Arts Spotlight: It’s not your mother’s “Wizard of Oz”

It’s no secret that COVID-19 changed a lot about the ways we gather, the ways we celebrate and the ways we collaborate. Our annual musical at Mayfield is a combination of all three elements. It is a gathering, a joyful celebration of talent, and a result of a deep collaboration between several conservatories: theatre, tech theatre, dance, vocal music and instrumental music. Although all of those conservatories have returned to performing and/or operating again this year individually, this production of “The Wizard of Oz” will be the first time everyone is joining forces together for a truly meaningful performance, with the talents of so many groups on display. 
It was this time two years ago when Mayfield’s production of “Oliver!” had to close prematurely as COVID-19 shut-downs were first barreling into place. It feels a bit like a spring miracle to find ourselves on the exact opposite side of that spectrum now—as COVID-19 restrictions are finally loosening up enough to bring a sense of hope rushing through our student performers and faculty collaborators alike. “As far as mounting the first musical in two years, it's definitely been challenging,” says Theatre Director Maryanne Householder. But she also explains that it’s been “a wonderful experience” and especially “nice being able to collaborate with other artists. It’s just been so rewarding, being able to work with my fellow arts faculty.”

Director of Instrumental Music, Christin Hablewitz echoes that appreciation for this collaborative environment. “It has been so great to see students and teachers work together again to create a production.” She explains, “I love musicals, it's a cross-disciplinary integration of the four magical elements of songs, dialogue, acting and dance all tied together with a story.”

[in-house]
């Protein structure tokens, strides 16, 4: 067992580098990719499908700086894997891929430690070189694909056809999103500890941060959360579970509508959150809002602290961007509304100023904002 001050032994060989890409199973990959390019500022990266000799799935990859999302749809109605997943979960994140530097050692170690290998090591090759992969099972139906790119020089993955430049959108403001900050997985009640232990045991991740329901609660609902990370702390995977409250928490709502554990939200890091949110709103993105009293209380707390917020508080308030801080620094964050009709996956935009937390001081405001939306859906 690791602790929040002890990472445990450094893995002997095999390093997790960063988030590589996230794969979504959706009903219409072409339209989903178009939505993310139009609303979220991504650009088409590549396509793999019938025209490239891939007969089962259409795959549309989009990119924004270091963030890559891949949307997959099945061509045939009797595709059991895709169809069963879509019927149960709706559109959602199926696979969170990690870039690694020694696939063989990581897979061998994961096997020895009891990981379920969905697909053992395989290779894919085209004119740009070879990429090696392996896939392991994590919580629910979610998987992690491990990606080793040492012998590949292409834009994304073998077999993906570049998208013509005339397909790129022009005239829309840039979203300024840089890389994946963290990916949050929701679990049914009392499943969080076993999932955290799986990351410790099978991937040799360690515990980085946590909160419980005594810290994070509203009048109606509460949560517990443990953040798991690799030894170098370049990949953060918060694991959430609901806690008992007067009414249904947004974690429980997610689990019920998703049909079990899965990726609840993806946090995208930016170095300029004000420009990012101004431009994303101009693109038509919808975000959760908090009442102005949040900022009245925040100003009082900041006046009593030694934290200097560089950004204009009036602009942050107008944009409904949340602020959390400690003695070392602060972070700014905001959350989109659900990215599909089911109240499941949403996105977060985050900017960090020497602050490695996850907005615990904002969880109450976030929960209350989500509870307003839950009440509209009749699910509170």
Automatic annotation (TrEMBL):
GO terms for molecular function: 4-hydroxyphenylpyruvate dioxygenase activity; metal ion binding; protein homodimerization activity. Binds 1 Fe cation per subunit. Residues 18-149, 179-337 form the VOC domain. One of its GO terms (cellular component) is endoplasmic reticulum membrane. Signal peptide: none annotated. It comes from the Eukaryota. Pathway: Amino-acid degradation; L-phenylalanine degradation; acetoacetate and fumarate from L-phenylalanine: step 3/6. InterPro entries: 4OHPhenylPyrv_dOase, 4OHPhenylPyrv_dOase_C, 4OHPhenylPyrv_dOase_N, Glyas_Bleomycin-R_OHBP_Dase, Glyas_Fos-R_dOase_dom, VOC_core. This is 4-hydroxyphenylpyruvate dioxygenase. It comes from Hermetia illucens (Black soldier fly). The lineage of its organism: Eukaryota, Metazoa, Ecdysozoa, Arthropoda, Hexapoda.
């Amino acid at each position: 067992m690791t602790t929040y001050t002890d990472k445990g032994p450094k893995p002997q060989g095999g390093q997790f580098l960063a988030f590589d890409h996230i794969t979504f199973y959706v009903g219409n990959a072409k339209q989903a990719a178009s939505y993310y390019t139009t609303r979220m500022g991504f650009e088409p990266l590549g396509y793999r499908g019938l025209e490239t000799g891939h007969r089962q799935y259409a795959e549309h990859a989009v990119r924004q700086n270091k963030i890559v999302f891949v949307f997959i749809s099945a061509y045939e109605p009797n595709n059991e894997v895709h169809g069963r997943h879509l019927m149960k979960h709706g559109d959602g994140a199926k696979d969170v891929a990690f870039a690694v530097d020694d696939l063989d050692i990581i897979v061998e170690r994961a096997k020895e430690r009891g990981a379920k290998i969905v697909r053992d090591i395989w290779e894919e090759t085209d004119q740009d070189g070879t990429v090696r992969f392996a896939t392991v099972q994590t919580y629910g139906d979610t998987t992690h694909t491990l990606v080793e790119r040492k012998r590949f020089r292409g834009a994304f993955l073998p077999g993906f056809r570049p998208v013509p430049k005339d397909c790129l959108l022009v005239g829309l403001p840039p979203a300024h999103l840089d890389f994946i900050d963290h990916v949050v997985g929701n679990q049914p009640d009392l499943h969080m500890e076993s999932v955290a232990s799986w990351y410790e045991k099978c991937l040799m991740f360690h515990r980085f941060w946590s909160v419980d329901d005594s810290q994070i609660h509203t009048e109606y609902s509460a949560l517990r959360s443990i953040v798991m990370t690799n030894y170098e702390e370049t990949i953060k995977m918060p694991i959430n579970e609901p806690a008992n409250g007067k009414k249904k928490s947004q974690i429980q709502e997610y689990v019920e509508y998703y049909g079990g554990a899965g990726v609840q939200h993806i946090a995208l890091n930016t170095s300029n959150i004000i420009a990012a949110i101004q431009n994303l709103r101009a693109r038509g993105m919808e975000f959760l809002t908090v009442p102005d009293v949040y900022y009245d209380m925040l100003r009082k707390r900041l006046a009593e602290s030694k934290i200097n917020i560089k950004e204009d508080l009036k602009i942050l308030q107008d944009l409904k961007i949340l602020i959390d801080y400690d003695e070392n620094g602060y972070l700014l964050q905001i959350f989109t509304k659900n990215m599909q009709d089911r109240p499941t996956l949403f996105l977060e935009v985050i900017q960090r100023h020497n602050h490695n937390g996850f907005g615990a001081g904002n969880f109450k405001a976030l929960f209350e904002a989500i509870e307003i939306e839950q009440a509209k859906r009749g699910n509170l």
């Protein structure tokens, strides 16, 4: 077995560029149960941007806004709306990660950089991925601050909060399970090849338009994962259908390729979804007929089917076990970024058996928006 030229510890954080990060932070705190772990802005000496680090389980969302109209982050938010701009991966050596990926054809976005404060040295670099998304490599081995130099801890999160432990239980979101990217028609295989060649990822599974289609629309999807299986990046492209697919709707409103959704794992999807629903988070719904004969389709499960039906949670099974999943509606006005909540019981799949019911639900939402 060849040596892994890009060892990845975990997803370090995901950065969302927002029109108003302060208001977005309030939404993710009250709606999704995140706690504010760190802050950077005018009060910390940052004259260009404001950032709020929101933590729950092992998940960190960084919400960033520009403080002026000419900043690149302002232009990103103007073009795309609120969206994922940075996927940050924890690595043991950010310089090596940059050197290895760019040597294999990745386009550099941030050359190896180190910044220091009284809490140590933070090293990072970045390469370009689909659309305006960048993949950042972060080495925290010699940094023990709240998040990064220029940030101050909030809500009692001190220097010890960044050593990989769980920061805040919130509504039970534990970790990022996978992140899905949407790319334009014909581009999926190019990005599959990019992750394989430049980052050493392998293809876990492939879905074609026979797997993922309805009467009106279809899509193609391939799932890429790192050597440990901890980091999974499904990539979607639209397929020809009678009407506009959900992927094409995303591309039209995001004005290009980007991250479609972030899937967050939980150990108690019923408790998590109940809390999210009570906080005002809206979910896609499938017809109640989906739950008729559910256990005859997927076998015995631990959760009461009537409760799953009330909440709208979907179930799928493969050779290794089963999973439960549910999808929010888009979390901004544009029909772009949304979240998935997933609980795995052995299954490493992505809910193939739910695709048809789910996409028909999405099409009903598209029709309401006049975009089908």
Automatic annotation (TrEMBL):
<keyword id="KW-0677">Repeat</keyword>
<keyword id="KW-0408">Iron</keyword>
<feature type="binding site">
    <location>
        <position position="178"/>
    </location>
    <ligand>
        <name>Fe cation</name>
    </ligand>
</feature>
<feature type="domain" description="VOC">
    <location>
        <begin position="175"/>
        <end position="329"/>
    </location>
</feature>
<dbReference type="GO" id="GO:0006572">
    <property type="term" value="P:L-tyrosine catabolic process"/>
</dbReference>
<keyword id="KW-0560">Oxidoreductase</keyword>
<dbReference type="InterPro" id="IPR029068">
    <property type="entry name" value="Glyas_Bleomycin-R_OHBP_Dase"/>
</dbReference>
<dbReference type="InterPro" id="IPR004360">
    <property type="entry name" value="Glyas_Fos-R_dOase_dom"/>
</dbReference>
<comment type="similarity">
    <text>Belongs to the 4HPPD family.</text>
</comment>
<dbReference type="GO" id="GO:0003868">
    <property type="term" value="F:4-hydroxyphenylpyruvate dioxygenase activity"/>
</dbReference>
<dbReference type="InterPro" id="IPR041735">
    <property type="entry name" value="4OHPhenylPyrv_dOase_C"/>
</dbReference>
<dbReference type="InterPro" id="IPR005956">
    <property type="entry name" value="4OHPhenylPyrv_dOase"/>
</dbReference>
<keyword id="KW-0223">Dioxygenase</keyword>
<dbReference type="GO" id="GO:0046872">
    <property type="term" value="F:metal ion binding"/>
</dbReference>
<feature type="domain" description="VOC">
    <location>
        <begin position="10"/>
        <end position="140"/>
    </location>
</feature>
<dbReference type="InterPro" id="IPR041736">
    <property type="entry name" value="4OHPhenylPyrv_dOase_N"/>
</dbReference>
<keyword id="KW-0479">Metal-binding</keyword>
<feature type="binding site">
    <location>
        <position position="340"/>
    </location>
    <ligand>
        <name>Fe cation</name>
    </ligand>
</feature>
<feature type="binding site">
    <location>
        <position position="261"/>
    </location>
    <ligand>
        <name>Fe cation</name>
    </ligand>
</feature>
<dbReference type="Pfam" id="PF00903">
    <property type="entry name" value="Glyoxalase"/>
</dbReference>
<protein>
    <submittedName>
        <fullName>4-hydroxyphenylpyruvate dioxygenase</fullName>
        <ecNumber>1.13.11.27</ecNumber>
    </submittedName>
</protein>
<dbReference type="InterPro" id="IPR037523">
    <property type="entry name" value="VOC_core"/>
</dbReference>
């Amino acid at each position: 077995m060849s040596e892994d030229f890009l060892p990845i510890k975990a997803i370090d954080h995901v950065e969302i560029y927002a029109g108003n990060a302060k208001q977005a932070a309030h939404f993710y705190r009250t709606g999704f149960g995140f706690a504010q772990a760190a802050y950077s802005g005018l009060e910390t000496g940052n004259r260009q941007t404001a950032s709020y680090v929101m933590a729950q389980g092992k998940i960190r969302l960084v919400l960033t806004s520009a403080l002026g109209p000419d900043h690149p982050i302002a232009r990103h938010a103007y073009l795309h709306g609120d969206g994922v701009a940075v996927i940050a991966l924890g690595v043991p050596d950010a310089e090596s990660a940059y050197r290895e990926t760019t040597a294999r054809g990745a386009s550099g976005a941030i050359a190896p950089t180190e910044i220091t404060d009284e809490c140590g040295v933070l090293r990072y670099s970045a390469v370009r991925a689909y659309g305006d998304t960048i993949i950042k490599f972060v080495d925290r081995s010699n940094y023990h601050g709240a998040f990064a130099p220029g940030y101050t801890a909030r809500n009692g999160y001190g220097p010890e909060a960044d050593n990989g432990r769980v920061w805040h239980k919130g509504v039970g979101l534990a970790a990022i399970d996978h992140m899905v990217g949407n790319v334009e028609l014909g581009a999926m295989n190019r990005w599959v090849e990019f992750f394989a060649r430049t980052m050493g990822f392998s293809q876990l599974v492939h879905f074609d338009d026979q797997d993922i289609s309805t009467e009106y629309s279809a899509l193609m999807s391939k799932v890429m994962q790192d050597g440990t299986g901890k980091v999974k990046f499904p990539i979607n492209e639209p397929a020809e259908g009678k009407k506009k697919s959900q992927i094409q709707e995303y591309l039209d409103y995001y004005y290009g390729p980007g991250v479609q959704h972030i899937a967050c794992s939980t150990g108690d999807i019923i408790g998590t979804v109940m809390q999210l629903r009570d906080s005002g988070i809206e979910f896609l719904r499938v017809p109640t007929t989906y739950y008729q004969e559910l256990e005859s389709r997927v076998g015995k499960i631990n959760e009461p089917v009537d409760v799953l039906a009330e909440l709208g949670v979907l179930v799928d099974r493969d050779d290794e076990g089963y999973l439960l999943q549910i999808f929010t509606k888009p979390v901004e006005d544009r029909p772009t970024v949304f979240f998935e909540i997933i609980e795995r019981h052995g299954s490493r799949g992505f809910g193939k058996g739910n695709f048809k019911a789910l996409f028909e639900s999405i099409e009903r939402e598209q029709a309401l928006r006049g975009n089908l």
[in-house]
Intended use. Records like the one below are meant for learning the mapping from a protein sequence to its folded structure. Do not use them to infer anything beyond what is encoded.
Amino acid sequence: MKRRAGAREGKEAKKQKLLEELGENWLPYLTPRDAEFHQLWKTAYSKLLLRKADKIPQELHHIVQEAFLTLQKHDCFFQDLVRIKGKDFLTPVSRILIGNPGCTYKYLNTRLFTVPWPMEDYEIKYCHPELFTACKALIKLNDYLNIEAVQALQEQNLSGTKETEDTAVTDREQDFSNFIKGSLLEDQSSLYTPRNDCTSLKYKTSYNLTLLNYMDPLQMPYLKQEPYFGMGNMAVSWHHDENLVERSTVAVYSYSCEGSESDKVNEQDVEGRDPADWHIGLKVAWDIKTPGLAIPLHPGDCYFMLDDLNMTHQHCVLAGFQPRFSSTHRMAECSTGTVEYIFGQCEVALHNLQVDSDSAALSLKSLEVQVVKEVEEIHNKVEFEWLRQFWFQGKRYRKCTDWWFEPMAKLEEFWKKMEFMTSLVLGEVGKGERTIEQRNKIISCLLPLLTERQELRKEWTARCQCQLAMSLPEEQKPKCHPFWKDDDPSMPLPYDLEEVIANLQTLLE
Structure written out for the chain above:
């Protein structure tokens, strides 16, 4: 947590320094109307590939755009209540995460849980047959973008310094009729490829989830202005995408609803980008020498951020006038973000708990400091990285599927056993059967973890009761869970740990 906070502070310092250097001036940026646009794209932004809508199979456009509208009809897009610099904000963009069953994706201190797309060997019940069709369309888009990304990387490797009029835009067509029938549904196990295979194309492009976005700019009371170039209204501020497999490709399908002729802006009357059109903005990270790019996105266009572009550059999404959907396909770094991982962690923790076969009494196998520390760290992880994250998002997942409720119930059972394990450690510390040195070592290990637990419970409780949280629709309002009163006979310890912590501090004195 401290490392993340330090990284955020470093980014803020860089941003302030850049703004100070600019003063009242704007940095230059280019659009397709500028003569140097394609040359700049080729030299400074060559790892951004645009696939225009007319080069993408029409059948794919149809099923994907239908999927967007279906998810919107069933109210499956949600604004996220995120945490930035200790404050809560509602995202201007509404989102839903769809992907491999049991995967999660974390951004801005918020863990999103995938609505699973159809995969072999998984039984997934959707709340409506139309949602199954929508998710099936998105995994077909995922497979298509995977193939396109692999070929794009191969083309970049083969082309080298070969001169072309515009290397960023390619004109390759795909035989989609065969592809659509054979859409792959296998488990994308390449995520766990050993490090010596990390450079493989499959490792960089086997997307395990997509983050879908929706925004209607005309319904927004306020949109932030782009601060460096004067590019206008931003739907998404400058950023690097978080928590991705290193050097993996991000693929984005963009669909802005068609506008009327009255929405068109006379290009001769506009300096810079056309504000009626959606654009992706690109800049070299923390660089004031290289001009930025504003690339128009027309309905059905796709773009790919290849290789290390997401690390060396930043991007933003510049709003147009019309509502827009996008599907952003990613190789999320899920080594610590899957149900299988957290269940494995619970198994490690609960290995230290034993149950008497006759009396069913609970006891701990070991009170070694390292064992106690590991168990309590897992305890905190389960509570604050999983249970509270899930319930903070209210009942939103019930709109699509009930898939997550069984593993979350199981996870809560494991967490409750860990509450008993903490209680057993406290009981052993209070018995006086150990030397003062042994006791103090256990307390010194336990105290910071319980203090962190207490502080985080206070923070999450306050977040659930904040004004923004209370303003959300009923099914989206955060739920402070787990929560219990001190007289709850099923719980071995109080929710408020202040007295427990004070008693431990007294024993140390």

The tale of a windswept Kansas girl arriving in a magical land is a timeless one, but don’t expect this production to be your mother’s “Wizard of Oz” either. It’s not just the masks worn by the performers (although this COVID-restriction will soon be a thing of the past soon enough). It’s an entirely different musical score, not the MGM songbook popularized by Judy Garland. There will be no physical yellow brick road, no wires dangling from the ceiling lowering good witches from the sky or bulky set pieces built to appear like houses with bad witches buried below them. Ms. Householder elected for a “black box” approach for her personal Oz—minimal production elements for sets and costumes—but maximum potential for imagination.

Black box theatre creates a much more pared-down environment for everyone, and something that Ms. Householder feels is fertile ground for performers. She explains it gives students an “opportunity to really work on their vocal range and their character expressions and who they are as an actor, rather than dealing with a clunky set or other parts…that really add to theater, but also can take away from the actor’s experience.”

Marina Muridian ‘23, one of the two performers playing the Wicked Witch of the West. felt liberated by the theatrical device, saying, “The black box environment allowed me to further explore the stage and have more creative freedom.” And Anna Pruyn ‘23, one of the two Glinda the Goods, agrees, “it gives us so much more room on the stage…gave us the opportunity to focus more closely on our acting.”